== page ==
The defining feature of shorts, and what distinguishes them from a panty, is that shorts have an inseam (UA5910). The inseam is defined as the distance from the crotch to the legline. A shorts' waistline may be high or low, and the legline may be just above the knee, as with Bermuda shorts (BH194410, FI9210 or G1994402), or jams (CB9010D); mid-thigh, as with Boxer shorts (LT4620, FI8309); or at or just below the crotch, as with short shorts. Short shorts ensure buttage (VB8501, MP96H6).
The shorts' leghole is almost always open. Open leghole shorts may be lined or unlined. If unlined, shorts are usually worn with panties or briefs underneath (fig. 7-4.5, LO8904), although not necessarily so (RID8710). Closed leghole shorts with elasticized leglines are found with Spandex shorts (RL9104C), bicycle pants (LI90075) and boy shorts.
Modern shorts are often front-fastening, usually with a snap or a button at the top and a zipper below. Wearers who wish to provoke attention may open the fastener, frame their belly button, and invite speculation about a languish pull on their zipper (WCS9101-02, CB9363, MP96A1). Side zippers are a rare alternative (JE9161E), and back zippers another possibility. Stretch shorts usually have no fastener at all (), and wrap designs thread through the crotch and tie in the front (RID890E). Shorts are often complemented with a belt, a fastening accessory which cinches the waist and holds the shorts up (fig. 7-3), and they may have cuffs at the bottom (RV7942).
Shorts Emerge in Swimwear
Like many other swimsuit silhouettes, shorts are first seen in the theater (AP1710). In the early 1920 they are strictly the providence of the dance hall, where chorus girls perform the Shimmy and Charleston, and of harem girls in silent movies (AW2450).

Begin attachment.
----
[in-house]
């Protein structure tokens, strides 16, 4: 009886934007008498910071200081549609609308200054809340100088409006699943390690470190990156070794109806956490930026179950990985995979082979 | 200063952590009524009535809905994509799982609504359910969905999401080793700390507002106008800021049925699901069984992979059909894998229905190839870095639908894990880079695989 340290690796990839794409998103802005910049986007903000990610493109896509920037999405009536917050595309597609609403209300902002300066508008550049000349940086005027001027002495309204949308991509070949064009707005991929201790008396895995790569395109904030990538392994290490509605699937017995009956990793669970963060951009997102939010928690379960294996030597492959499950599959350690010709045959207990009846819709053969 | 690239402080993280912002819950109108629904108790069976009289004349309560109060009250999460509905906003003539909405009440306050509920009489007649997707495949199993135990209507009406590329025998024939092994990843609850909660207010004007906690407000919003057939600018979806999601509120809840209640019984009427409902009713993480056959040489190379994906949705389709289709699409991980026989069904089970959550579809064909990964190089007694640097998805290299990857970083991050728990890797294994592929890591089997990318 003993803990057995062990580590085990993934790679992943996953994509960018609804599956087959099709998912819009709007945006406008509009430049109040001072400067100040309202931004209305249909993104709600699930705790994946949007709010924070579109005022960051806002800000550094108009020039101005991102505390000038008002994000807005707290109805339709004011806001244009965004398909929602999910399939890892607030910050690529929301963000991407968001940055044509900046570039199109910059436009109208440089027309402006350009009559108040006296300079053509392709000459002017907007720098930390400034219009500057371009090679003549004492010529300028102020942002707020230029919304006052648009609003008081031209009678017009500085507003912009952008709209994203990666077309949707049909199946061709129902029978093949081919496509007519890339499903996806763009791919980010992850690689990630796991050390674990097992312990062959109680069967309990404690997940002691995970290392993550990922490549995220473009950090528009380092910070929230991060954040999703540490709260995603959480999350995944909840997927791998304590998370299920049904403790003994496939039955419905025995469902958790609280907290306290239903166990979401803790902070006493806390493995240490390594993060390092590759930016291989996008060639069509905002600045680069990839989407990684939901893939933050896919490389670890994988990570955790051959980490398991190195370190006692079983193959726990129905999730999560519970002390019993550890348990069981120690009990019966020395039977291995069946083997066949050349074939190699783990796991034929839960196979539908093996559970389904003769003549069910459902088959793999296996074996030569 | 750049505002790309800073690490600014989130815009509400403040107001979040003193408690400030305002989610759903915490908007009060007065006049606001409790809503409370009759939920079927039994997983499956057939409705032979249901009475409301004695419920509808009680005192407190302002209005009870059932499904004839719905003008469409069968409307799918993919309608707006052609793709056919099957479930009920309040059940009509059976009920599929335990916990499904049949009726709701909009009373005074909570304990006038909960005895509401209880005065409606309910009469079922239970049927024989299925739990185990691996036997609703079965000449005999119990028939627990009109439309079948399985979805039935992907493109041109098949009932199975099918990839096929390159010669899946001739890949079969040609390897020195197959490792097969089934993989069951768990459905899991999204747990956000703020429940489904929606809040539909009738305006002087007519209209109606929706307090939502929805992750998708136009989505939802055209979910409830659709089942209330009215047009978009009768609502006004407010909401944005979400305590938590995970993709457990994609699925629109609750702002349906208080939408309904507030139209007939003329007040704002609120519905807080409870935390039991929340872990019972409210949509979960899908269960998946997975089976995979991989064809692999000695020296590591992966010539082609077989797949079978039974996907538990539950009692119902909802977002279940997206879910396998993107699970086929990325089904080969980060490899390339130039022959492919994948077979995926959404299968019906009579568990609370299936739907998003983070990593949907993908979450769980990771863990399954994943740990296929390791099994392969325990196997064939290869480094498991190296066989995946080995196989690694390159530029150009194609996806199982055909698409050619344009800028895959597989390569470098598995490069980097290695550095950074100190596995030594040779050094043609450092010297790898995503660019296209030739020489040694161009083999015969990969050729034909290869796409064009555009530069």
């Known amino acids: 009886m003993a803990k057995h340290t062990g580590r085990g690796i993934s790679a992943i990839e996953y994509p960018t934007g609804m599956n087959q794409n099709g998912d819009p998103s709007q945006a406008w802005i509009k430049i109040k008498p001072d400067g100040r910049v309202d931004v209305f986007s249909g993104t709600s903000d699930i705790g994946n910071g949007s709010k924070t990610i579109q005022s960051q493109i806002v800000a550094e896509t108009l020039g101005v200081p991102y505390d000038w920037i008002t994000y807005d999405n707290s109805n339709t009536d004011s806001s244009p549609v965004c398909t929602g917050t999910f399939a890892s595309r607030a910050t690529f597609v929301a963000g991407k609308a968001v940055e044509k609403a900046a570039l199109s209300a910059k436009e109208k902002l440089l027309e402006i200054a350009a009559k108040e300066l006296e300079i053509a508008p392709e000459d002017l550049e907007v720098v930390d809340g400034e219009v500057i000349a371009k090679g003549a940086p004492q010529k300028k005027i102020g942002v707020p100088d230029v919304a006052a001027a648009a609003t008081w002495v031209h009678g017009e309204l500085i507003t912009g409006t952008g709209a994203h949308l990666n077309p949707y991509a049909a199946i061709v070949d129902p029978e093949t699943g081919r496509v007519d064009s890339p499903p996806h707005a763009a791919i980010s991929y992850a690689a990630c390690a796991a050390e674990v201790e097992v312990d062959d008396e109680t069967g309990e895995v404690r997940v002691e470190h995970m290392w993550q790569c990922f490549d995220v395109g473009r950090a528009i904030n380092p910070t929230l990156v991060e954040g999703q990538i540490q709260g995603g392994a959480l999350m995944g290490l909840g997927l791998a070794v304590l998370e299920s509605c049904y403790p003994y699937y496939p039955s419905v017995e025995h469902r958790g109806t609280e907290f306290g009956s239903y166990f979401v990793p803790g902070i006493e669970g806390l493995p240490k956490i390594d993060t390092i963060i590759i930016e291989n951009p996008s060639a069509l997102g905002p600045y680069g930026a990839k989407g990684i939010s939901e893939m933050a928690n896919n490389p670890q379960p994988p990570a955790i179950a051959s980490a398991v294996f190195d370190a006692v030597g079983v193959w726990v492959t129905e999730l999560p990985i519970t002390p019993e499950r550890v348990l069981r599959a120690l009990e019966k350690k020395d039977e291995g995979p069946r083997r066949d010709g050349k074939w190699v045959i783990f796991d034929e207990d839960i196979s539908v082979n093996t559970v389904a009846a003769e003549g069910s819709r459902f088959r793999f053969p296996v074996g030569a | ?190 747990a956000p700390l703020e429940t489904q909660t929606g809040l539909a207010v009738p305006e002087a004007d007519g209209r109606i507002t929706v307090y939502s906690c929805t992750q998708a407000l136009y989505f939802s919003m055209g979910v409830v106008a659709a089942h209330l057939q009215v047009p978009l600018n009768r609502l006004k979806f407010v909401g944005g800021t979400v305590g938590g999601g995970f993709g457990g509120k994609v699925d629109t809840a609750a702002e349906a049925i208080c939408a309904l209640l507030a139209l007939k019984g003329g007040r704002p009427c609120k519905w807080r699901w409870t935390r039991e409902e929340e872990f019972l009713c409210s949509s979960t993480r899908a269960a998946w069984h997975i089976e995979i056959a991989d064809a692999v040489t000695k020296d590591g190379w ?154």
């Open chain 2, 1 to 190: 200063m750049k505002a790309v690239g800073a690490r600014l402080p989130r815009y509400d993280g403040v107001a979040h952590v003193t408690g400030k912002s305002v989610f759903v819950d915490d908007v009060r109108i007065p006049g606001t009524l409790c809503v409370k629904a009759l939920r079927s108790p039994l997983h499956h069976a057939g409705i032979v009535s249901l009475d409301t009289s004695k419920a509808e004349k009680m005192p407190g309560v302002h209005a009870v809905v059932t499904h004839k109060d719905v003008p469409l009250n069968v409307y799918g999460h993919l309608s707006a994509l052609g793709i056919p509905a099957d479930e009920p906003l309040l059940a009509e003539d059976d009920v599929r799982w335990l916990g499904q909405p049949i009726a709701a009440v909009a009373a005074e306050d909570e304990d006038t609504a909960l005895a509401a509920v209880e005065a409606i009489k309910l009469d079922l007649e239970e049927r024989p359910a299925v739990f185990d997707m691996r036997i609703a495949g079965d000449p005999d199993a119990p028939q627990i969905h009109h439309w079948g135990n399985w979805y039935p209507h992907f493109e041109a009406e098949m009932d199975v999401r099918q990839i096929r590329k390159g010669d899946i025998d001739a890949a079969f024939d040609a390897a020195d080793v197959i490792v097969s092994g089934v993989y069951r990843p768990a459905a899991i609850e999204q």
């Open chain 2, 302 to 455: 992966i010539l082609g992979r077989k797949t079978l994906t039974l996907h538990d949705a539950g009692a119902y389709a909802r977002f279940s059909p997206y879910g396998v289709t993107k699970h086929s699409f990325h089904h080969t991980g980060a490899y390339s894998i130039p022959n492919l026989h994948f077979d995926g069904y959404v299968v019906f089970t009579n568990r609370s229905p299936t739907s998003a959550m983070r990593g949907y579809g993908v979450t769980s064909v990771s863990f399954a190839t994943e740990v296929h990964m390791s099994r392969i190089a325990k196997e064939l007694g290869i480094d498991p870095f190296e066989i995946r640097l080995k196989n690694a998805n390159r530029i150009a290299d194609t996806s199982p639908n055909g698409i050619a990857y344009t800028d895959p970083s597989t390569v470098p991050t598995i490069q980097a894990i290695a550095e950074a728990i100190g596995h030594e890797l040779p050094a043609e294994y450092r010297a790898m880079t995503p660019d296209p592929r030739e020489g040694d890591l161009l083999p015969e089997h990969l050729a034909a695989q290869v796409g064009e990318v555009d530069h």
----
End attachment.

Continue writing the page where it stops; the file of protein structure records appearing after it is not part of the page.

In the early 1930s, Hollywood combines shorts with a wide variety of bare-midriff blouses (CL193310), and after 1933 these playsuit ensembles tumble off the stage and screen into the real world, especially at European fitness resorts (LA3301), where shorts are coupled with the tank top. They enjoy primary popularity out of the water (fig. 7-5). The introduction of the safety razor in 1931 helps further focus attention on the leg, which after all, are what is becoming exposed.
But by the late 1930s the deux-pièces swimsuit evolves its own character and shorts become a component of swimwear (EB3510, PO3610). Design ideas for swimwear shorts are borrowed from everywhere.
In the early 1940s shorts are often combined with a bra (EW4210), shelf halter (SS4140); later in the decade they are comboed with a bandeau (SM194710) to form a basic deux-pièces, a trend which continues into the 1950s (US5002). They also continue their theater/beach tradition (SP5801).
Shorts Migrate to the Street
By the 1950s, shorts (but not bare midriff) are permissible street wear; by the 1960s, short shorts dare to expose the cheek of the hip (fig. 7-6), epitomized in the defiant popular song croons, "Who wears short shorts? We wear short shorts!"